Wednesday 15 September 2010

Cattle and TB

The scrolling caption at the bottom of the television screen stated that 25000 cattle were slaughtered after contacting TB. This led Barry and me to ponder how they managed to communicate.

Did the head cow, the leader of the herd - there doesn't seem to be a bovine equivalent of bellwether - pick up the phone? Rather difficult for a hoofed animal, but they're cleverer than they look, those cows. Maybe she was an independently minded modern heifer, not allowing any glass ceiling to prevent her advancement, and texted Mr TB. Perchance she used email. Whatever the form of exchange, did she then regret it, fearing she may have sealed her fate and that of her friends and relations?

Ms Heifer to her compatriots: 'Sisters, I have this day spoken to Mr TB and if I may quote Mr Chamberlain, "I believe it is peace for our time ... peace with honour." We shall prevail.'

The cows ceased their cud chewing to moo loud and long at her encouraging words. When it became apparent that there would be no amity and that she and 24999 of her extended family were doomed she was deeply saddened. Hearing the piteous lowing of her companions she addressed them once more, her beautiful dark brown eyes shining with unshed tears.

Ms Heifer: 'My fellow cows, it is with a heavy heart that I have to tell you that Mr TB has reneged on his word and that consequently this herd is at immediate danger. You can imagine what a bitter blow it is to me that all my long struggle to win life has failed. Yet I cannot believe that there is anything more or anything different that I could have done and that would have been more successful. I know that you will all play your part with calmness and courage for the sakes of your relatives far away who have been spared this terrible burden. I beg you not to blame the badgers - they are innocent of any evil motive.'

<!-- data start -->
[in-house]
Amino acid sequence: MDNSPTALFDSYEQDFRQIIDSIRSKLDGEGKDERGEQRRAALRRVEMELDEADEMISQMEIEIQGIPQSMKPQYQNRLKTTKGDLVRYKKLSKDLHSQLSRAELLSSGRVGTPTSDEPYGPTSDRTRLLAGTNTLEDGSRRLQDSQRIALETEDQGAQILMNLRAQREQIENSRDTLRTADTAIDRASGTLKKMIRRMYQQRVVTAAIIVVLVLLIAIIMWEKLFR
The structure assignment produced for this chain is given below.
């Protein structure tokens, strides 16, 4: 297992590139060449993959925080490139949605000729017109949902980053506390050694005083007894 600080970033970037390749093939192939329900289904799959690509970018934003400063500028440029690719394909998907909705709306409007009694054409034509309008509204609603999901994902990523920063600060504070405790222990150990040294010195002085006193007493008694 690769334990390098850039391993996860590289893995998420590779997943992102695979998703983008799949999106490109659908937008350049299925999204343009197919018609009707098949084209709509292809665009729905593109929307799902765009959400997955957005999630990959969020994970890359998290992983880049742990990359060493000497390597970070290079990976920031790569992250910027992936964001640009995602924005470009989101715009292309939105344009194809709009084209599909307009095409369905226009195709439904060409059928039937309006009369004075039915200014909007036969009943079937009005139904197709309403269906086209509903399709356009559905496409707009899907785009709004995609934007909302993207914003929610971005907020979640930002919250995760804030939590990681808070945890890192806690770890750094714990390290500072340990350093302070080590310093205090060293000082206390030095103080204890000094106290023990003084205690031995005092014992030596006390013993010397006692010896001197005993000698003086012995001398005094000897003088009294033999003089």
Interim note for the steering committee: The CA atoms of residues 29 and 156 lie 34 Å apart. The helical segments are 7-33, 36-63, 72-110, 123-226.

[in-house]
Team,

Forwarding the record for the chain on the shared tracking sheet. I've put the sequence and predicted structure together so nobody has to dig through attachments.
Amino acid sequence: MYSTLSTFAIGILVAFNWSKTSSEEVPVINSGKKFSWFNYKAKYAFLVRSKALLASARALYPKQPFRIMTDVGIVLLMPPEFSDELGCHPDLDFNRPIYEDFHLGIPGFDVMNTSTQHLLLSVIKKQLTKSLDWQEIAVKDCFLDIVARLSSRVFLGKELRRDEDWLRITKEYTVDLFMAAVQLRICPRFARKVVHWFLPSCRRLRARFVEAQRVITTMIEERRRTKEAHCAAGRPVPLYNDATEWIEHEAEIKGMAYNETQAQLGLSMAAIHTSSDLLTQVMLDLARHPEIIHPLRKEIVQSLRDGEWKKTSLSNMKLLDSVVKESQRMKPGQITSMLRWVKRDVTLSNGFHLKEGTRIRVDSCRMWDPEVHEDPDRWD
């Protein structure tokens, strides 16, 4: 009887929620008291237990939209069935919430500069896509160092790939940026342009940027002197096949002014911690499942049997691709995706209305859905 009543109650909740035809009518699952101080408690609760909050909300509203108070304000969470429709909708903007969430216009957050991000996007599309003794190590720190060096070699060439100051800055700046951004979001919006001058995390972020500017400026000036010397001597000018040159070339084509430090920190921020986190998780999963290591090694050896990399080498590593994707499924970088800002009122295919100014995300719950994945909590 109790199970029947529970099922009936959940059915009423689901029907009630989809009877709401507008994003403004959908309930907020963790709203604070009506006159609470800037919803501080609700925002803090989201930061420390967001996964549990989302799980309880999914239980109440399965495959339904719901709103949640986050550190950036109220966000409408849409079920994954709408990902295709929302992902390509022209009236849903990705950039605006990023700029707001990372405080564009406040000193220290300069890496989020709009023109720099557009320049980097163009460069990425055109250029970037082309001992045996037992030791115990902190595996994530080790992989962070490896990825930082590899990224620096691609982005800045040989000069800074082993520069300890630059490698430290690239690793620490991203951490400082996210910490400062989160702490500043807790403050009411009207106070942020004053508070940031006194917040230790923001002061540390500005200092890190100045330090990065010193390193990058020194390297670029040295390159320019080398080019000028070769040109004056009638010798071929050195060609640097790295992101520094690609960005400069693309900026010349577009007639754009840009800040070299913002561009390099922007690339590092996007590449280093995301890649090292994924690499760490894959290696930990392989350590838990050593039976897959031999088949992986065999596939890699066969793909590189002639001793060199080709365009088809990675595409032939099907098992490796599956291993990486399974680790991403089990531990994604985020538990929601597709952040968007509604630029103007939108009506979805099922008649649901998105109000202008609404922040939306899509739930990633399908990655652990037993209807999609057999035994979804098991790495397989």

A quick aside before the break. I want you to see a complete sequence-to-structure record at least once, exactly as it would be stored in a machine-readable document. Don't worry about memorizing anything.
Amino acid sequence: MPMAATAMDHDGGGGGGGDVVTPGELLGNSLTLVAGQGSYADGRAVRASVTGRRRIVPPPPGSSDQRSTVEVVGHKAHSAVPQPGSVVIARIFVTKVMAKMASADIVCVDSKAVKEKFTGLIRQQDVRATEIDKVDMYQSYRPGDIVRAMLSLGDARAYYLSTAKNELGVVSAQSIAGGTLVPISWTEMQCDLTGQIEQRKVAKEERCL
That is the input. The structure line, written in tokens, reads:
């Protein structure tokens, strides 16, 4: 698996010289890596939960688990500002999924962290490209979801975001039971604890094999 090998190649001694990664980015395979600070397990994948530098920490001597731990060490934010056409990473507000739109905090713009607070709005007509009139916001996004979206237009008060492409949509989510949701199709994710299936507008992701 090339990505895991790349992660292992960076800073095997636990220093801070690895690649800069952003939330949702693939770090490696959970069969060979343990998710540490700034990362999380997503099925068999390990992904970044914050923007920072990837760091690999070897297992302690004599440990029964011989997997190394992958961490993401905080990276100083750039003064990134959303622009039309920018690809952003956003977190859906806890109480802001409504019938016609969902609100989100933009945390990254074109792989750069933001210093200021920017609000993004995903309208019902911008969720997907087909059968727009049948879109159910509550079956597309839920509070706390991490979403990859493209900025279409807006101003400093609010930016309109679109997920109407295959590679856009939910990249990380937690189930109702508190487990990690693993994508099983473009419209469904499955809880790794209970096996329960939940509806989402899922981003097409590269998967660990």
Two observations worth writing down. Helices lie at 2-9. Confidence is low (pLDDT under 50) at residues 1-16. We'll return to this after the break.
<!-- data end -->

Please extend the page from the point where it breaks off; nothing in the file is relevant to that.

Ms Heifer quietly lowered her head and pulled a mouthful of sweet grass and began to ruminate, physically and meditatively. Her peers followed her example, listening all the while for the rumble of cattle lorries.


  1. A prime example of more Poor Cows! :)

  2. Contacted TB.
    Poor sweeties.
    But it isn't their fault humans are becoming illiterate.

    Have you heard of the two men in the US who have formed the Typo Eradication Advancement League and are traveling across the US to promote their book "The Great Typo Hunt"? Check out

    HOWever, 'contacted' might not be a typo. It might be because your own Department of Agriculture and Rural Development says uses the word 'contact' on its website and the TV folks may have picked it up from there: "Cattle, which come into nose-to-nose contact with an infected animal, may breathe in the bacteria"!!

  3. Yes, contact makes sense in that context but not in the one that was scrolled! I shall look at the website of the typo hunters. Why didn't I think of that - it sounds like a job made for pedantic me!

  4. Maybe the cows should now contact a solicitor.
    Great story.

  5. This caught my attention because I 'contacted' TB from a herd of Jersey cows by drinking their milk straight from the farm in the days before tuberculin tested herds were mandatory. I have a six inch scar on my neck to prove it and had more than six months in the Great Ormond Street Children's Hospital in London. I had my third birthday in the hospital.

  6. Chris - my sister had a similar scar on her neck after having a tubercular gland removed. She didn't have to stay in hospital for six months. What a nasty experience for you as a little tot, though.


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